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Figure 1. Sequences of CreA analysis. (A) Diagram of regions of Metarhizium acridum CreA. (B) Phylogenetic tree was reconstructed using the neighbor-joining method. (C) Comparison of C2H2 domain sequences of MaCreA with CreA homologs from other fungi.

MaCreA Is Required for Conidiation

To exclude random insertion of genes into the genome, all the transformed M. acridum strains with deletion and complementation of MaCreA were finally verified by Southern blot analysis (Supplementary Figure S1C). With regard to the phenotype of the deletion strains, after 7-day growth on 1/4 SDAY medium, the WT and CP colonies became obviously tawny with mass production of conidia, while the colonies of the knockout strain were fluffy and white with strong mycelia (Figure 2A). To explore the effects of MaCreA on the conidiation process of M. acridum, morphogenesis of conidia was observed on 1/4 SDAY (rich medium) and SYA (poor medium) using a digital camera. The results showed that the WT produced conidiophores at 20 h after incubation on 1/4 SDAY medium, and the mature conidia were shed at 36 h; in contrast, ΔMaCreA presented obvious delay in conidiation, and the conidia were not observed until 60 h (Figure 2B). Evaluation of the conidial yields of all the three strains every 2 days revealed that the conidial yield of the knockout strain ΔMaCreA was significantly decreased, with 96.88% lower conidial production than that of the WT (Figure 2C). Moreover, the germination rate of the knockout strain was significantly lower than that of the WT and CP (Figure 2D).

FIGURE 2
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Figure 2. MaCreA deletion strain affects conidiation. (A) MaCreA deletion strain was grown for 7 days on 1/4 SDAY media, Scale bars indicate 1 cm. (B) Conidiation was postponed in MaCreA deletion strain on 1/4 SDAY. (C) Conidial yield of each stain on 1/4 SDAY media at 28°C, Scale bars indicate 10 μm, Black arrow: conidia. (D) Conidial germination of each stain on 1/4 SDAY media for 2, 4, 6, 8, 10, 12, and 14 h (t-text, p < 0.05, ∗∗p < 0.01, ∗∗∗p < 0.001).

MaCreA Is Required for Conidiation Pattern Shift

Two conidiation patterns are known in M. acridum, namely, normal conidiation and microcycle conidiation. In normal conidiation, conidia are produced at the top or sides of the hyphae, whereas in microcycle conidiation, conidia are directly generated from the germ tubes or conidial cells. In the present study, normal and microcycle conidiation patterns were observed in WT on 1/4 SDAY medium (rich medium) and SYA medium (poor medium), respectively (Figure 3A). However, after knocking out the MaCreA gene, the knockout strain exhibited a shift from microcycle conidiation to normal conidiation on SYA medium (Figure 3B), revealing that ΔMaCreA could not display microcycle conidiation under poor nutrient conditions (SYA medium), and that MaCreA gene played an important role in the shift of conidiation.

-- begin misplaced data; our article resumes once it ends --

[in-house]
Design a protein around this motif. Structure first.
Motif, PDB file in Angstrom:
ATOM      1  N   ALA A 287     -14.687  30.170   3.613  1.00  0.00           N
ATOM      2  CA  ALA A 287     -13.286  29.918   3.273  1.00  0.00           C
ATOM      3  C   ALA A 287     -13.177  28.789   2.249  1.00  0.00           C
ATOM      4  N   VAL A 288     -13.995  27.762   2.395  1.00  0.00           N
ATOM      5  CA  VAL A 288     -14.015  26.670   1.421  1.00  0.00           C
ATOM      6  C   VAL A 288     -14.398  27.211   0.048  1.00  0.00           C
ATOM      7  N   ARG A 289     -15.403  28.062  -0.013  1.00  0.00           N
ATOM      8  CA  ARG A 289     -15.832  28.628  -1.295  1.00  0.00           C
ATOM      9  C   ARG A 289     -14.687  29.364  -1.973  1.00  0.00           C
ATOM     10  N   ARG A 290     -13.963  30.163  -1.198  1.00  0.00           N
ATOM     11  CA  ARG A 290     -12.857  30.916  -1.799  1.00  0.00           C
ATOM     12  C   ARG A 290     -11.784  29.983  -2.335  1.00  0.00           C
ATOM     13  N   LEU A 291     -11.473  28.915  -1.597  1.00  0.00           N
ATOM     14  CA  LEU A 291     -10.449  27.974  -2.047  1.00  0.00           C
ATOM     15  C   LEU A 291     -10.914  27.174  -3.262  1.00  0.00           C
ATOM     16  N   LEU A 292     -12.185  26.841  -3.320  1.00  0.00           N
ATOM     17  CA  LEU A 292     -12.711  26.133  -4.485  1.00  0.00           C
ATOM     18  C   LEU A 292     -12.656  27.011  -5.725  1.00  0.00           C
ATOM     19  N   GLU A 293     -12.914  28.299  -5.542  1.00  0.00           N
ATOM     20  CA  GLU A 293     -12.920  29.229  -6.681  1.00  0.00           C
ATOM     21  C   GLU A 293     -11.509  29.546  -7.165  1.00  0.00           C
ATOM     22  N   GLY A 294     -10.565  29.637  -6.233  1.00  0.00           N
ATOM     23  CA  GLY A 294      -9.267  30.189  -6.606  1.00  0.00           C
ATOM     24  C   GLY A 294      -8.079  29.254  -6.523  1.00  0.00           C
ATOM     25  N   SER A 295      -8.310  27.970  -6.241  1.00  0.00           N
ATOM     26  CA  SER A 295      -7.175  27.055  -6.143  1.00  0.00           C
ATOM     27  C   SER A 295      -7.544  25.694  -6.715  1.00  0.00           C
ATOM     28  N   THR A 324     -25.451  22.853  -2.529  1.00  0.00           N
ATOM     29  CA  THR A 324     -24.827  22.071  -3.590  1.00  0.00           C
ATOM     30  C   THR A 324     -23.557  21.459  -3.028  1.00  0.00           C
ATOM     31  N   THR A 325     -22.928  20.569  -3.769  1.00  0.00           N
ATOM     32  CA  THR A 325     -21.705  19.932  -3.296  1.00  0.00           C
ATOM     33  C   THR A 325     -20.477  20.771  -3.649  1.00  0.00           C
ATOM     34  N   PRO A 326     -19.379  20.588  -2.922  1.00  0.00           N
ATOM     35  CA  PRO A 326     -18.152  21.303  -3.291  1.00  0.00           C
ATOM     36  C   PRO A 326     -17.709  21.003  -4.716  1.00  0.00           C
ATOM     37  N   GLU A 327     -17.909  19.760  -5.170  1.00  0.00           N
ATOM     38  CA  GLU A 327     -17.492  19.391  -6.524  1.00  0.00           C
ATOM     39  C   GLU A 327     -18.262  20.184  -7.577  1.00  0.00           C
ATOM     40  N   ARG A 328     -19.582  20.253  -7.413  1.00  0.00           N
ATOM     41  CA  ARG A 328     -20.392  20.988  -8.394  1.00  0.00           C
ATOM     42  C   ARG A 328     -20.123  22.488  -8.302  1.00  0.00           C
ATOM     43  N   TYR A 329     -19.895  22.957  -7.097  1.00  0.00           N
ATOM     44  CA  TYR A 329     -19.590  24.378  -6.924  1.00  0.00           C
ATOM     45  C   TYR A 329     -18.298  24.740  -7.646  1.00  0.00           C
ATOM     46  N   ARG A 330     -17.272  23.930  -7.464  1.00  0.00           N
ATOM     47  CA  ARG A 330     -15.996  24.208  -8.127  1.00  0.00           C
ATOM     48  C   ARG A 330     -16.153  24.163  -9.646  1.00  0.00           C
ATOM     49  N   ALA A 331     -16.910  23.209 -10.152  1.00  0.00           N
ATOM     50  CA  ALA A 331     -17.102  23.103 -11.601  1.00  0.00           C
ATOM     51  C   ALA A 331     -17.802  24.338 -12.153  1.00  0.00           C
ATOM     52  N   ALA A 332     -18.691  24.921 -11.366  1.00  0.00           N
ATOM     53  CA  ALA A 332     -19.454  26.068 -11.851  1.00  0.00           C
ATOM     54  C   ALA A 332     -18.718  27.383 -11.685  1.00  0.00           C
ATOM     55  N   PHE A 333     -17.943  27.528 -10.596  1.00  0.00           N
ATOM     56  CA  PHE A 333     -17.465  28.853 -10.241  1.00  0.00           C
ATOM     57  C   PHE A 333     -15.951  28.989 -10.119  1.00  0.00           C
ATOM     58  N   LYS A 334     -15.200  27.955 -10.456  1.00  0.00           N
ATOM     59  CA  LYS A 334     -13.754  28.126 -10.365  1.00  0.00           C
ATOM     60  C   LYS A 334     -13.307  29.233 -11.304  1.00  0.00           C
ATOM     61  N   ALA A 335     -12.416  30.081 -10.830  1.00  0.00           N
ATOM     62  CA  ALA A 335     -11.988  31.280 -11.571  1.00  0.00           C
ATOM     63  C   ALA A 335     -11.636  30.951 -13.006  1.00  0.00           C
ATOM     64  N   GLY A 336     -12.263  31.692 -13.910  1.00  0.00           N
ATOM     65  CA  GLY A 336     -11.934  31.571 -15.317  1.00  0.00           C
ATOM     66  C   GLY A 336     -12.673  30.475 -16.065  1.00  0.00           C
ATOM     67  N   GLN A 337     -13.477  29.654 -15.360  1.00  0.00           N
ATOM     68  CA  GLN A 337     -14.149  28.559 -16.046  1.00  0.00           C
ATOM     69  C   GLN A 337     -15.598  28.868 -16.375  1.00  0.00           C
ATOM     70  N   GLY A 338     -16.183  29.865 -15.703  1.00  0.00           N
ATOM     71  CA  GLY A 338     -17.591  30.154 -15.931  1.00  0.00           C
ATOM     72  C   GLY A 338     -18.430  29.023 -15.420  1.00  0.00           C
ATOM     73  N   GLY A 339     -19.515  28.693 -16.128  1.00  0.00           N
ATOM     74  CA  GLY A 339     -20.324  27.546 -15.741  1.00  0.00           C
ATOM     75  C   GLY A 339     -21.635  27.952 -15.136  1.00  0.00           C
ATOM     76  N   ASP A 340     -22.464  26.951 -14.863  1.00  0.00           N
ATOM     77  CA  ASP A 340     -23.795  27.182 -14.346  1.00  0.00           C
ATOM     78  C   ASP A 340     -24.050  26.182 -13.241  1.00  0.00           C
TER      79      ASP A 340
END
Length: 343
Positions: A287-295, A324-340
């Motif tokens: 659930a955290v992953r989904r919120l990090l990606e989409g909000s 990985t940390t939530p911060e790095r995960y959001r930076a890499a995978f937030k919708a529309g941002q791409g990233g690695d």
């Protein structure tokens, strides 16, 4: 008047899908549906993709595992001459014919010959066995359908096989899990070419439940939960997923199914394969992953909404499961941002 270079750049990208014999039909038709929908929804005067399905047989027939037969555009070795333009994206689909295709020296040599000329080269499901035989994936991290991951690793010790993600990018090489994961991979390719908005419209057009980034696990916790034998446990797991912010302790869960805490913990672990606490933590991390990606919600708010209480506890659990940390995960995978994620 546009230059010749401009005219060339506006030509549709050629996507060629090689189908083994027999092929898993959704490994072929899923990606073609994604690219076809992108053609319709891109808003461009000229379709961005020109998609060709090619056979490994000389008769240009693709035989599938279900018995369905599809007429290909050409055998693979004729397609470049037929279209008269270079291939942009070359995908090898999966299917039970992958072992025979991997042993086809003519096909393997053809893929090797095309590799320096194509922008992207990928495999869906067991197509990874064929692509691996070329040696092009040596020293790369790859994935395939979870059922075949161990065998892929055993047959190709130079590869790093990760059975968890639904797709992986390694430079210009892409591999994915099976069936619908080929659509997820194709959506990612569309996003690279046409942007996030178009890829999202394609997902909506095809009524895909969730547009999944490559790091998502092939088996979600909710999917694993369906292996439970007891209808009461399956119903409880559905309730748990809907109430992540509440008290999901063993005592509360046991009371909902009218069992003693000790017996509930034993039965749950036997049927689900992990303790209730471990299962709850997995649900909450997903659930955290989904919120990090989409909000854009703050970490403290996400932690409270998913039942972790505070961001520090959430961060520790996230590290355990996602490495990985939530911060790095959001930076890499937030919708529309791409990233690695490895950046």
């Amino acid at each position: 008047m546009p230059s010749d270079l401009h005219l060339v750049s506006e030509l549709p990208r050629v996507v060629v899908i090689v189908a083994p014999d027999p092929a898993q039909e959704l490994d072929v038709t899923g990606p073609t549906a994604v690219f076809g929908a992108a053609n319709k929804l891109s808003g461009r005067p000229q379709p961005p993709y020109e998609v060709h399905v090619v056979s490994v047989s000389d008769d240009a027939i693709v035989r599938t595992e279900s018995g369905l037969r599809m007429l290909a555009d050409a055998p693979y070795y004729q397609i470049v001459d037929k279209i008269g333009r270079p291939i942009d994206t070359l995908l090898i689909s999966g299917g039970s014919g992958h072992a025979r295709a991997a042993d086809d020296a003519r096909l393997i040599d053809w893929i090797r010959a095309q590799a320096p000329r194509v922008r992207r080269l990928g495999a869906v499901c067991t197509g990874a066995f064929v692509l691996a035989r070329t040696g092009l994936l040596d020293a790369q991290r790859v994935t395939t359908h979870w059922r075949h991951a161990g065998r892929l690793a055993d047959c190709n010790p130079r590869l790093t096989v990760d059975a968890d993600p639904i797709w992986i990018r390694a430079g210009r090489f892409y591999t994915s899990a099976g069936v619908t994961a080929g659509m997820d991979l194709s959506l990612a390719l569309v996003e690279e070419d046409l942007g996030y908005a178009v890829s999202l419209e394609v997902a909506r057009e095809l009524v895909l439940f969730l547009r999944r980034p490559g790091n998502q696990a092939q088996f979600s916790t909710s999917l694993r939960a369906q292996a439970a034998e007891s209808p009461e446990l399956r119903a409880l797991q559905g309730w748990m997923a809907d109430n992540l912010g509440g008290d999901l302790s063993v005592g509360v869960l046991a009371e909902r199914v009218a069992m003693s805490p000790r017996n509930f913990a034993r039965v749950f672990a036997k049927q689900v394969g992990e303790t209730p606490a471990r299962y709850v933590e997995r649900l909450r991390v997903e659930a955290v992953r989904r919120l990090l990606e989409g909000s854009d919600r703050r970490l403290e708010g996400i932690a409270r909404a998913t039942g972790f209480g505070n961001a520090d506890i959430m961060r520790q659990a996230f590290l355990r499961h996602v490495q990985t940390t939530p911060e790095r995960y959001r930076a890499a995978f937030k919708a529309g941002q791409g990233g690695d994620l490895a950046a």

FIGURE 3
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Figure 3. Conidiation pattern shift was lost in MaCreA deletion strain between 1/4 SDAY and SYA. Scale bars indicate 10 μm, Black arrow, conidia. (A) Conidiation of WT on 1/4 SDAY and SYA media. (B) Conidiation of ΔMaCreA on 1/4 SDAY and SYA media.

Analysis of DEGs Involved in Conidiation in Fungal Cells Grown on Two Different Media

To determine the downstream genes and signaling pathways of MaCreA in conidiation, RNA-seq was used to identify significant up-regulated and down-regulated genes. The number of significant DEGs (twofold or greater, FDR ≤ 0.001) between ΔMaCreA and WT on 1/4 SDAY medium was 1099, among which 624 were up-regulated and 475 were down-regulated. However, 1743 DEGs (twofold or greater, FDR ≤ 0.001) were noted between ΔMaCreA and WT on SYA medium, of which 1039 were up-regulated and 704 were down-regulated. To investigate the conidiation pattern shift mechanisms involved in normal conidiation on 1/4 SDAY medium and microcycle conidiation on SYA medium, the differences and similarities between DEGs in fungal cells grown on the two media were examined. A total of 817 common DEGs in fungal cells grown on 1/4 SDAY and SYA media were noted, and 926 and 282 DEGs were detected in fungal cells grown on SYA medium and 1/4 SDAY medium, respectively. There are eight GO categories mainly enriched in biological process, eight in cellular component, and four in molecular function. Although the GO terms were similar in the two different media (Figure 4), 17 signaling pathways were only detected on SYA medium, suggesting that these pathways may respond to SYA medium, which are positive changes related to microcycle conidiation, such as lipid metabolism, carbohydrate metabolism, folding, sorting and degradation, signal transduction, and membrane transport (Supplementary Table S2).

FIGURE 4
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Figure 4. GO categories of DEGs on 1/4 SDAY and SYA. The lift Y-axis indicates the number of genes in a category; X-axis indicates the GO categories.

To determine the DEGs involved in conidiation, DEGs in fungal cells grown on the two types of media were analyzed based on their GO annotations. Some genes related to conidiation were found, which were noted to be involved in the cell cycle, cell division, cell wall, and cell polarity. For example, the developmental protein FluG (MAC_08691), sporulation protein RMD8 (MAC_07621), APSES transcription factor (MAC_03829), putative UDP-glucose 4-epimerase (MAC_02140), and putative methyltransferase LaeA (MAC_03279), which are known to play important roles in conidiation in other fungi. Conidial pigment polyketide synthase PksP/Alb1 (MAC_05385), laccase (MAC_05384), laccase Lcc2 (MAC_02006), and Lcc5 (MAC_04467) are involved in conidial pigment synthesis. Pescadillo (MAC_07265), tyrosine-protein phosphatase CDC14 (MAC_03011), cell division cycle protein 123 (MAC_04986), and cell division control protein CDC48 (MAC_02555) are involved in cell proliferation. Mucin (MAC_01612), WASP-like protein las17 (MAC_00912), and p21 activated kinase-like protein (MAC_08591) are associated with cell polarity. In addition, a large number of cell wall related genes were also found, such as putative WSC domain protein (MAC_03694), cell wall protein (MAC_06850), and glycine-rich cell wall structural protein 1 (MAC_06488). These genes all play a role in conidiation of M. acridium (Supplementary Table S3). Analysis of the expression levels of these genes (Figure 5) revealed that these genes were down-regulated in the knockout strain compared with those in the WT, suggesting that the CreA gene had a significant effect on the conidiation process.